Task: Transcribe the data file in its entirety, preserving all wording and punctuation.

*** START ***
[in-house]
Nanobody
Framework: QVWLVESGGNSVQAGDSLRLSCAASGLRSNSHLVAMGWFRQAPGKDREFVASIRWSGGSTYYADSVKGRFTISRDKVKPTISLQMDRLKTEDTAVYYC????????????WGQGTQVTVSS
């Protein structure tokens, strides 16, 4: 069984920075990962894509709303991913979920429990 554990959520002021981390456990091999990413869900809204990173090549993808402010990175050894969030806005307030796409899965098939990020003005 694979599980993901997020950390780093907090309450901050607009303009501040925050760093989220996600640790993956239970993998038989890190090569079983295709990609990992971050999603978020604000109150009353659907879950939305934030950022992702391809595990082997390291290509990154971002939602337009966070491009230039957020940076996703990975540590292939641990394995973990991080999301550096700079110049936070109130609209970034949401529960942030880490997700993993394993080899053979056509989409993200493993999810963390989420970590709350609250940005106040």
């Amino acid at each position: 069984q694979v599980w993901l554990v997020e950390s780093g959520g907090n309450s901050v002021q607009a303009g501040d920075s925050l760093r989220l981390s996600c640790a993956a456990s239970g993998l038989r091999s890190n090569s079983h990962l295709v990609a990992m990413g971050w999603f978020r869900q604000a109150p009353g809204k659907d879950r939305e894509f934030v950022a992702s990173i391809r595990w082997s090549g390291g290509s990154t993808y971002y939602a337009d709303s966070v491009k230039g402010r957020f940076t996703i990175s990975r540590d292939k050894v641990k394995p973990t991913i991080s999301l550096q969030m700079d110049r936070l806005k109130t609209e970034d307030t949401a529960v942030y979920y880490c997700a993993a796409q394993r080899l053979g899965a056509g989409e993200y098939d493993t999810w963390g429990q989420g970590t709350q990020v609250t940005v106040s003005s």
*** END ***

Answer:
[in-house]
Nanobody
Framework: QVWLVESGGNSVQAGDSLRLSCAASGLRSNSHLVAMGWFRQAPGKDREFVASIRWSGGSTYYADSVKGRFTISRDKVKPTISLQMDRLKTEDTAVYYC????????????WGQGTQVTVSS
């Protein structure tokens, strides 16, 4: 069984920075990962894509709303991913979920429990 554990959520002021981390456990091999990413869900809204990173090549993808402010990175050894969030806005307030796409899965098939990020003005 694979599980993901997020950390780093907090309450901050607009303009501040925050760093989220996600640790993956239970993998038989890190090569079983295709990609990992971050999603978020604000109150009353659907879950939305934030950022992702391809595990082997390291290509990154971002939602337009966070491009230039957020940076996703990975540590292939641990394995973990991080999301550096700079110049936070109130609209970034949401529960942030880490997700993993394993080899053979056509989409993200493993999810963390989420970590709350609250940005106040």
């Amino acid at each position: 069984q694979v599980w993901l554990v997020e950390s780093g959520g907090n309450s901050v002021q607009a303009g501040d920075s925050l760093r989220l981390s996600c640790a993956a456990s239970g993998l038989r091999s890190n090569s079983h990962l295709v990609a990992m990413g971050w999603f978020r869900q604000a109150p009353g809204k659907d879950r939305e894509f934030v950022a992702s990173i391809r595990w082997s090549g390291g290509s990154t993808y971002y939602a337009d709303s966070v491009k230039g402010r957020f940076t996703i990175s990975r540590d292939k050894v641990k394995p973990t991913i991080s999301l550096q969030m700079d110049r936070l806005k109130t609209e970034d307030t949401a529960v942030y979920y880490c997700a993993a796409q394993r080899l053979g899965a056509g989409e993200y098939d493993t999810w963390g429990q989420g970590t709350q990020v609250t940005v106040s003005s």